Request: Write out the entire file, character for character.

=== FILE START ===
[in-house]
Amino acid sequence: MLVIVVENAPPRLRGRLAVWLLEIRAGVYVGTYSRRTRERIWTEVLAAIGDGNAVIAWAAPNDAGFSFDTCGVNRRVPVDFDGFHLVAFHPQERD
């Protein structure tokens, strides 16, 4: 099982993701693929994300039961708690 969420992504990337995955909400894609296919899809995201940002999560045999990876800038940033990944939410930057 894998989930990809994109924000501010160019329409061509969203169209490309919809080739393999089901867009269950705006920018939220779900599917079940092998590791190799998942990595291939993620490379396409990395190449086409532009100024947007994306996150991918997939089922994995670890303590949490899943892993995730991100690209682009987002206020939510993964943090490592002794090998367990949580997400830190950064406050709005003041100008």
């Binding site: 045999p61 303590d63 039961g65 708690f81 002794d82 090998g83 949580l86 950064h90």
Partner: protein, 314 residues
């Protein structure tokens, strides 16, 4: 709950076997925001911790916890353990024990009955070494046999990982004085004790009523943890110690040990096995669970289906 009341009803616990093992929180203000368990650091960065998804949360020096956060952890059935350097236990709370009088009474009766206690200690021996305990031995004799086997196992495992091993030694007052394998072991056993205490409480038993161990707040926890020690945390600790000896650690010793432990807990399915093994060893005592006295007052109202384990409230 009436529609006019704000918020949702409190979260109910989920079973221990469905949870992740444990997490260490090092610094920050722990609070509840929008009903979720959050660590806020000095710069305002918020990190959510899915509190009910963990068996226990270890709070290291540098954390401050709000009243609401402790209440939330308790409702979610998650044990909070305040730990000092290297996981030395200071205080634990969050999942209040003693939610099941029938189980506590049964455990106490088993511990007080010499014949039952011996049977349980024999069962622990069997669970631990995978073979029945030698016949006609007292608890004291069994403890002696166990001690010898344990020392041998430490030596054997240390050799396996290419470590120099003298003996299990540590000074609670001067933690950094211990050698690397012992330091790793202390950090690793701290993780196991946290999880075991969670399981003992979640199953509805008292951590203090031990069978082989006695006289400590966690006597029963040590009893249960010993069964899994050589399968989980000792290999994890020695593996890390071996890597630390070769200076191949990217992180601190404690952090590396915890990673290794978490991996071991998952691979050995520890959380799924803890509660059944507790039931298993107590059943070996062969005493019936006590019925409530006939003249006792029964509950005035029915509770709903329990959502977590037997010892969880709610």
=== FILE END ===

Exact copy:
[in-house]
Amino acid sequence: MLVIVVENAPPRLRGRLAVWLLEIRAGVYVGTYSRRTRERIWTEVLAAIGDGNAVIAWAAPNDAGFSFDTCGVNRRVPVDFDGFHLVAFHPQERD
């Protein structure tokens, strides 16, 4: 099982993701693929994300039961708690 969420992504990337995955909400894609296919899809995201940002999560045999990876800038940033990944939410930057 894998989930990809994109924000501010160019329409061509969203169209490309919809080739393999089901867009269950705006920018939220779900599917079940092998590791190799998942990595291939993620490379396409990395190449086409532009100024947007994306996150991918997939089922994995670890303590949490899943892993995730991100690209682009987002206020939510993964943090490592002794090998367990949580997400830190950064406050709005003041100008």
């Binding site: 045999p61 303590d63 039961g65 708690f81 002794d82 090998g83 949580l86 950064h90």
Partner: protein, 314 residues
């Protein structure tokens, strides 16, 4: 709950076997925001911790916890353990024990009955070494046999990982004085004790009523943890110690040990096995669970289906 009341009803616990093992929180203000368990650091960065998804949360020096956060952890059935350097236990709370009088009474009766206690200690021996305990031995004799086997196992495992091993030694007052394998072991056993205490409480038993161990707040926890020690945390600790000896650690010793432990807990399915093994060893005592006295007052109202384990409230 009436529609006019704000918020949702409190979260109910989920079973221990469905949870992740444990997490260490090092610094920050722990609070509840929008009903979720959050660590806020000095710069305002918020990190959510899915509190009910963990068996226990270890709070290291540098954390401050709000009243609401402790209440939330308790409702979610998650044990909070305040730990000092290297996981030395200071205080634990969050999942209040003693939610099941029938189980506590049964455990106490088993511990007080010499014949039952011996049977349980024999069962622990069997669970631990995978073979029945030698016949006609007292608890004291069994403890002696166990001690010898344990020392041998430490030596054997240390050799396996290419470590120099003298003996299990540590000074609670001067933690950094211990050698690397012992330091790793202390950090690793701290993780196991946290999880075991969670399981003992979640199953509805008292951590203090031990069978082989006695006289400590966690006597029963040590009893249960010993069964899994050589399968989980000792290999994890020695593996890390071996890597630390070769200076191949990217992180601190404690952090590396915890990673290794978490991996071991998952691979050995520890959380799924803890509660059944507790039931298993107590059943070996062969005493019936006590019925409530006939003249006792029964509950005035029915509770709903329990959502977590037997010892969880709610």